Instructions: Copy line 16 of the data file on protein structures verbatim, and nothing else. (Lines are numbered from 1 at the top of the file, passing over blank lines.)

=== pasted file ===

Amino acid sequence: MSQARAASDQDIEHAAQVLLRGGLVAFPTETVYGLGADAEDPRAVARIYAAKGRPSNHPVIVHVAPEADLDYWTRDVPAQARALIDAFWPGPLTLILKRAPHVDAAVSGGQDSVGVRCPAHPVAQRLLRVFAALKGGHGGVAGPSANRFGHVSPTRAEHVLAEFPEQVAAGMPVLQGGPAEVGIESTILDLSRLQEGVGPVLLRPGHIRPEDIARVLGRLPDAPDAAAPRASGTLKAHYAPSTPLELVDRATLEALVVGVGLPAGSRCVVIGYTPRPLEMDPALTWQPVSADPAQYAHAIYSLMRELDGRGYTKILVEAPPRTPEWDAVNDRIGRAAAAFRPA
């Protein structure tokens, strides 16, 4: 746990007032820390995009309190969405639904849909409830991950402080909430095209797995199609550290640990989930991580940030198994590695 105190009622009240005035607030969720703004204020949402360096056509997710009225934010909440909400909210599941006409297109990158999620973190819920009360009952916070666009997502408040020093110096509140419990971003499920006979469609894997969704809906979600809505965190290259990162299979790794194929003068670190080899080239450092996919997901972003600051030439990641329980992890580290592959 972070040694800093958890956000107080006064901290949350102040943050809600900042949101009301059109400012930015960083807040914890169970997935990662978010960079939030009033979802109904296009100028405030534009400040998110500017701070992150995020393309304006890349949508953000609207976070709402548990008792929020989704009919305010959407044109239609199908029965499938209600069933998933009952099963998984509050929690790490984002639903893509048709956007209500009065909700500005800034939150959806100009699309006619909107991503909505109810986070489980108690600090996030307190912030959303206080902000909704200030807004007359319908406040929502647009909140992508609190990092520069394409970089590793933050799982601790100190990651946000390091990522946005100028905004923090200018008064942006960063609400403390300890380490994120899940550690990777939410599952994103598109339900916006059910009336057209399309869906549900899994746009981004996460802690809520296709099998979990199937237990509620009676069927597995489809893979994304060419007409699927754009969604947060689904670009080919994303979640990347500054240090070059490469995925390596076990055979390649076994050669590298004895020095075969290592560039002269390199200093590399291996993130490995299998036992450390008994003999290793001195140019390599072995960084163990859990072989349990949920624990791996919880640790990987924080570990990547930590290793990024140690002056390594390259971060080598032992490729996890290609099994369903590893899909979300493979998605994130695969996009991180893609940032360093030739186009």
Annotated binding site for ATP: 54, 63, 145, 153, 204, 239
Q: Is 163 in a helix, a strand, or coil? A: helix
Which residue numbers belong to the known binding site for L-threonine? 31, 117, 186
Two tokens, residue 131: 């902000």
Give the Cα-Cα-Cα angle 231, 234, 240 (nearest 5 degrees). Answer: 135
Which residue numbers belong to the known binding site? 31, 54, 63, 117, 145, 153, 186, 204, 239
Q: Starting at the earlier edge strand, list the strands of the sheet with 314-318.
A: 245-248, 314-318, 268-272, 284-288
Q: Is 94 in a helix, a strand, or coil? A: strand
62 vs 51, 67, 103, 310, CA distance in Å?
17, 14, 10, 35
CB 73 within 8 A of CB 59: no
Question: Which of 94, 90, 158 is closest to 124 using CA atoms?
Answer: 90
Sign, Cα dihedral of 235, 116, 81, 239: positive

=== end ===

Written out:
Answer: 90